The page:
Seniors Ainge and Woodson are thankful for Sanders' tutelage
Announcing the 2007 graduating class of the Randy Sanders School of Quarterbacks.Please rise and come forward when your name is called.
"Erik didn't have a great sophomore year, but there were a lot of other people on the team that didn't play well that year. It wasn't just the quarterback."Still, it was Sanders who took the knife for everyone. It bothered Ainge when it happened, and it still nags him. "It wasn't his fault when we went 5-6," said Ainge, who has had his rough edges smoothed out by former Ole Miss coach David Cutcliffe, the Vols' offensive coordinator in his second tour of duty. "There were a lot of reasons for that. There's always the one person that takes the fall, and unfortunately it was him." Sanders, who was coached by Cutcliffe when he played at UT, didn't wait too long to find a new job. Kentucky coach Rich Brooks was looking for a quarterbacks coach. Whomever he hired had to polish Woodson, a nicely sculpted 6-foot-6, 230-pound specimen who relied more on athletic ability than anything. Which is why Woodson was a breakeven QB, a guy who threw as many interceptions as touchdowns, someone who rarely strung together two good games. "I liked Randy as a person, but more importantly I was very impressed with the job he did over the years at Tennessee." Brooks said. "He had vast experience as a coordinator, as well as a position coach. He had good recruiting connections and knowledge of the SEC." So in the spring of 2006, Sanders, having spent most of his life in Knoxville with a closet full of orange coaching shirts, suddenly found himself in Kentucky blue. "It's hard to leave your alma mater, especially when I'd been there so long and it meant so much to me," Sanders said. "But at the same time, it has been refreshing seeing a different way of doing things. "At Tennessee, we never changed & the way we did things, from the time I was a player through my coaching career. We did things pretty much the same the whole time, so if it's not broke why fix it? "We [Kentucky] have a different approach toward practice and a different approach towards lots of things. Some of the things we do here I like, some of the things we did at Tennessee I liked. I've had fun at both places."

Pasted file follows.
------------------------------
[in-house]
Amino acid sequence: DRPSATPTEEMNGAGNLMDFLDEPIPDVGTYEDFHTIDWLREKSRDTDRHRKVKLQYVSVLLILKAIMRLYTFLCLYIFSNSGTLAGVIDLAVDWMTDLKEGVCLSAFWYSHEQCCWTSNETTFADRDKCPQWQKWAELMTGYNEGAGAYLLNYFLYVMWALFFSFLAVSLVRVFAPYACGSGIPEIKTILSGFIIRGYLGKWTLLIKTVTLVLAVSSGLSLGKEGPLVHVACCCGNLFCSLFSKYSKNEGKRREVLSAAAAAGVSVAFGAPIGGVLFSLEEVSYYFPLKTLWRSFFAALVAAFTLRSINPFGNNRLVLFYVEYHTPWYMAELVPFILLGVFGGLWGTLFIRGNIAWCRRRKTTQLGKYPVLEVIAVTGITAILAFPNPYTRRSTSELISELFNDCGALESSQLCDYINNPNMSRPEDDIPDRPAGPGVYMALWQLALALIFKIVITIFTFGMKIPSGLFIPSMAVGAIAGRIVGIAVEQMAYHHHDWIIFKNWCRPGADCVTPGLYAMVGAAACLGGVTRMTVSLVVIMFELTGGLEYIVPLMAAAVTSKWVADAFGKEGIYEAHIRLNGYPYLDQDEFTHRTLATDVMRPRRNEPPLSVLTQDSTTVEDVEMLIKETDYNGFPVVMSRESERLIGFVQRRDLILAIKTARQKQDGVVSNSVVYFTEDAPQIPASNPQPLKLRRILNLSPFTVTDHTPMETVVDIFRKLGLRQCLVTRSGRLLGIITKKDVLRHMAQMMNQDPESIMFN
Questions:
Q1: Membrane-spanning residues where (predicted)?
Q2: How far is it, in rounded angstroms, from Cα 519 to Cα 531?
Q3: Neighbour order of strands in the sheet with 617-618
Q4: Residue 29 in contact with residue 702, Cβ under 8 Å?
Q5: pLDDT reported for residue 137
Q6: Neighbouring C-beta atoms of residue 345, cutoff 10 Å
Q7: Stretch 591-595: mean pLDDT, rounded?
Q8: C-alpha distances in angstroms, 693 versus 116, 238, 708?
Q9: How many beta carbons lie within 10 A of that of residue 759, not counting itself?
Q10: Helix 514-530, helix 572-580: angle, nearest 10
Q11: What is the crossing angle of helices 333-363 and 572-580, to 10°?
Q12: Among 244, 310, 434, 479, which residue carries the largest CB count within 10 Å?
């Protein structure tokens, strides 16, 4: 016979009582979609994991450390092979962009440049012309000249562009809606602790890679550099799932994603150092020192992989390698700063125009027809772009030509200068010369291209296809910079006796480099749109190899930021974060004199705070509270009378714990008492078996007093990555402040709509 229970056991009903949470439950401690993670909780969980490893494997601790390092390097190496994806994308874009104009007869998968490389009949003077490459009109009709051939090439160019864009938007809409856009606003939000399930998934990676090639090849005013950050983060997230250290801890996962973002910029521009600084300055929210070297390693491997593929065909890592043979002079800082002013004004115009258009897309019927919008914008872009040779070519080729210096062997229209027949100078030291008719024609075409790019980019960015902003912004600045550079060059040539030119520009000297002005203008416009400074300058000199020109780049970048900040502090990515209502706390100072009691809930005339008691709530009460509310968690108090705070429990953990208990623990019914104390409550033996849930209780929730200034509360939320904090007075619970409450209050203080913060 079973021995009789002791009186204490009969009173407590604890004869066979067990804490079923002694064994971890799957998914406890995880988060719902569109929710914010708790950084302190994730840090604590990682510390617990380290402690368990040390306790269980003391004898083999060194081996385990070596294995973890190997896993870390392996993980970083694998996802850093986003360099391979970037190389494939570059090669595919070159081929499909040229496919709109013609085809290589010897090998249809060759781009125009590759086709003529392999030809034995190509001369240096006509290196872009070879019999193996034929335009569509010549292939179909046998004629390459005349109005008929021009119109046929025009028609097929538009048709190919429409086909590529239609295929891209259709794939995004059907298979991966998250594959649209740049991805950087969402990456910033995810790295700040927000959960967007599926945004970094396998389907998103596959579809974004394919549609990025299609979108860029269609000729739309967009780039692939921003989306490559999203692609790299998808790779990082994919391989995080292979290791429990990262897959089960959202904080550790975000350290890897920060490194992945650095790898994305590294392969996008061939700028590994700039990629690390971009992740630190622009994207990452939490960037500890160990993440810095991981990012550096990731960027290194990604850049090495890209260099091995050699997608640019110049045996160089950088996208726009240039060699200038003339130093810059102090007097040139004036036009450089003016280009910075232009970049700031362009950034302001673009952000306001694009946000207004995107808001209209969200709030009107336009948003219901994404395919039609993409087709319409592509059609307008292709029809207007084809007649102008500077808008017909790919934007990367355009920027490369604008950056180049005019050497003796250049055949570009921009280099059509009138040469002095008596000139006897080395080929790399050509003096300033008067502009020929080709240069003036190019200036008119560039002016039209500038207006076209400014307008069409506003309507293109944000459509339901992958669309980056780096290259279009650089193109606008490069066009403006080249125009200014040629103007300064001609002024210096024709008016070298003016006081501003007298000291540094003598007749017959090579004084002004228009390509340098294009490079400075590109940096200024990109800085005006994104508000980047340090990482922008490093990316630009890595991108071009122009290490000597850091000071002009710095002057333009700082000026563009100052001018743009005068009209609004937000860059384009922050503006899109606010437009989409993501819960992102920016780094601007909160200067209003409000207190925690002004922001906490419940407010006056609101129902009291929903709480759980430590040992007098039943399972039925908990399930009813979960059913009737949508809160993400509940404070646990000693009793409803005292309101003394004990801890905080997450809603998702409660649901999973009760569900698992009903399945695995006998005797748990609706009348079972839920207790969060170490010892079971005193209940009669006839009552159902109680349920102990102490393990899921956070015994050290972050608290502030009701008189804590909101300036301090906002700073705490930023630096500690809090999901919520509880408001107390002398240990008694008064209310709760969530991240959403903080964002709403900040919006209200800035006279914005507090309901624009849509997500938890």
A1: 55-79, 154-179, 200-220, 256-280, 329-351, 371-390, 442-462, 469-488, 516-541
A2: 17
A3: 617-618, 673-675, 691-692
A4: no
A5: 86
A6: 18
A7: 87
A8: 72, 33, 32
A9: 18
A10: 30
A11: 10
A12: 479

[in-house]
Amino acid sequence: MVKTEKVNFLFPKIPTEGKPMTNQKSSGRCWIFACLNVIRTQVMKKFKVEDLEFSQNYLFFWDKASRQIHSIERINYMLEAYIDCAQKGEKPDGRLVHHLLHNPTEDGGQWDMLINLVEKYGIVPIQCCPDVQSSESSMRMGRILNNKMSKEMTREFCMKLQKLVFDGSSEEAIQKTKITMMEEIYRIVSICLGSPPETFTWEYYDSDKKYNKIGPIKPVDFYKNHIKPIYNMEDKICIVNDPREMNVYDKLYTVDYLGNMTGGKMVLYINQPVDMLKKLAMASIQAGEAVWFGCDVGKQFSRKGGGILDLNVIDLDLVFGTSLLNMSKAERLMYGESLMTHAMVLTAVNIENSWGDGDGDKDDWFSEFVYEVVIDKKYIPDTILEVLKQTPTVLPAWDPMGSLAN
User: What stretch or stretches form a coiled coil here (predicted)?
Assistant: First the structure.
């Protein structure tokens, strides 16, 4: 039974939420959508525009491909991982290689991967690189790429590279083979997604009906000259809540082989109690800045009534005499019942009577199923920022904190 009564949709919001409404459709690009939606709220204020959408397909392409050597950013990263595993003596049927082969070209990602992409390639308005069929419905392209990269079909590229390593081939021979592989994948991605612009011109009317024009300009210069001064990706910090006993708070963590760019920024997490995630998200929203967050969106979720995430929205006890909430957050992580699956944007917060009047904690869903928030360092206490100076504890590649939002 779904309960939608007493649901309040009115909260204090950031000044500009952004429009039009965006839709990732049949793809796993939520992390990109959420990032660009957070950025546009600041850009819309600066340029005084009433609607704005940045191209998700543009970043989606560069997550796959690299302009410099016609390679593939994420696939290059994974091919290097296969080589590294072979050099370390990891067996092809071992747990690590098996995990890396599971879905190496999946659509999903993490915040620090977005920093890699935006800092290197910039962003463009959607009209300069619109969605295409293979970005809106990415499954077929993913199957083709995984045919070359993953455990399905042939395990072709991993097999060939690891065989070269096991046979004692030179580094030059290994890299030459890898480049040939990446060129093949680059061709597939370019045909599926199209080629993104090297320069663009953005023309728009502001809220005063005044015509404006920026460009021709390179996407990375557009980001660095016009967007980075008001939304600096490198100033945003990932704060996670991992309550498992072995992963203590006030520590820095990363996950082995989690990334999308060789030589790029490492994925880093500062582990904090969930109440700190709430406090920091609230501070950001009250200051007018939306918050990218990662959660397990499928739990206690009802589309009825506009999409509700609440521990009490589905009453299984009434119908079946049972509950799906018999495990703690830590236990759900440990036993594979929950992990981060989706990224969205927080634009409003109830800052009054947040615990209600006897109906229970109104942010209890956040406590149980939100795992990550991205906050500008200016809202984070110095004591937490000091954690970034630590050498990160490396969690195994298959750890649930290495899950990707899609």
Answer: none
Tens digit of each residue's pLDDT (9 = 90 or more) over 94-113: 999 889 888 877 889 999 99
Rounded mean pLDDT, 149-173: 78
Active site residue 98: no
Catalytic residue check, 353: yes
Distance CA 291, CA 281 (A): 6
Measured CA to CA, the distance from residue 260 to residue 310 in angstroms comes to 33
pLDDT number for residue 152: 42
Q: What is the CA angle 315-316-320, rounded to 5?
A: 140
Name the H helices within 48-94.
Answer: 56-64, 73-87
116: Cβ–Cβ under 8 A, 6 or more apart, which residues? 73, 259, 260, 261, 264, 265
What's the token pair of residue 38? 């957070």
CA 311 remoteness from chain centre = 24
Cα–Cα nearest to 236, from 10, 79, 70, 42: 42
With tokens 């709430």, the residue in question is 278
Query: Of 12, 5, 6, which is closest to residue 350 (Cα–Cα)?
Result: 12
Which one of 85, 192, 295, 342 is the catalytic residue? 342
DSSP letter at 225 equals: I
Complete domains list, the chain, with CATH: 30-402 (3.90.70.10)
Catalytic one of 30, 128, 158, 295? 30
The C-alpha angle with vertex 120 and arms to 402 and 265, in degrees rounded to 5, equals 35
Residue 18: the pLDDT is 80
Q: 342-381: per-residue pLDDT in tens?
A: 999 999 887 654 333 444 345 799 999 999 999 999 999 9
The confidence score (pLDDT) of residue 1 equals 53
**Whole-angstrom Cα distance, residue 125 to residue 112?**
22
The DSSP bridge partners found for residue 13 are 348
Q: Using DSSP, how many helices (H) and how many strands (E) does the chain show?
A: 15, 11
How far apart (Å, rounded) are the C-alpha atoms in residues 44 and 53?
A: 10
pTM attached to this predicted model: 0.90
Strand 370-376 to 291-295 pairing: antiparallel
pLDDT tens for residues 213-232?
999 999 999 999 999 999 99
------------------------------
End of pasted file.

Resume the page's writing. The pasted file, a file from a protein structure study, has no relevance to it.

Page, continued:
Before he got here, I never had the work ethic to be better. I was just going through the motions in practice, I didn't work hard, I didn't watch enough tape to prepare myself for games. Until Coach Sanders got here, I didn't have an understanding of that. Once he got here, everything changed.
Kentucky QB Andre' Woodson on Randy Sanders
"If you make a bad play, coach Sanders is not going to freak out," Ainge said. "He's going to say, 'What did you see? What did you do? Let's go do it again.'"Added Woodson, "In any football game, there's things that are going to go wrong. You have coaches who go off and yell at everybody. Then, you have coaches like coach Sanders who calmly stands over there and tries to calmly talk to you, and asks you about the situation. It helps you relax, stay calm and be a poised as you can be." When Saturday's game is over, maybe Ainge and Woodson can meet for a handshake, and one last picture with the coach whose deft guiding hand touched them both. "It's going to be a unique situation for me," Sanders said of Saturday's game. "It's not often you take the field with two guys that you coached, that you are close to, and I care about as much as I do Andre' and Erik."
Ron Higgins covers the Southeastern Conference for the Commercial Appeal in Memphis, Tenn.
MORE COLLEGE FOOTBALL HEADLINES
- No. 1 QB Murray stays with A&M after UT visit
- Seahawks' Sherman, Bennett rip 'scam' NCAA
- Sources: ACC to count BYU among Power 5
- Former PSU player Taliaferro now lawmaker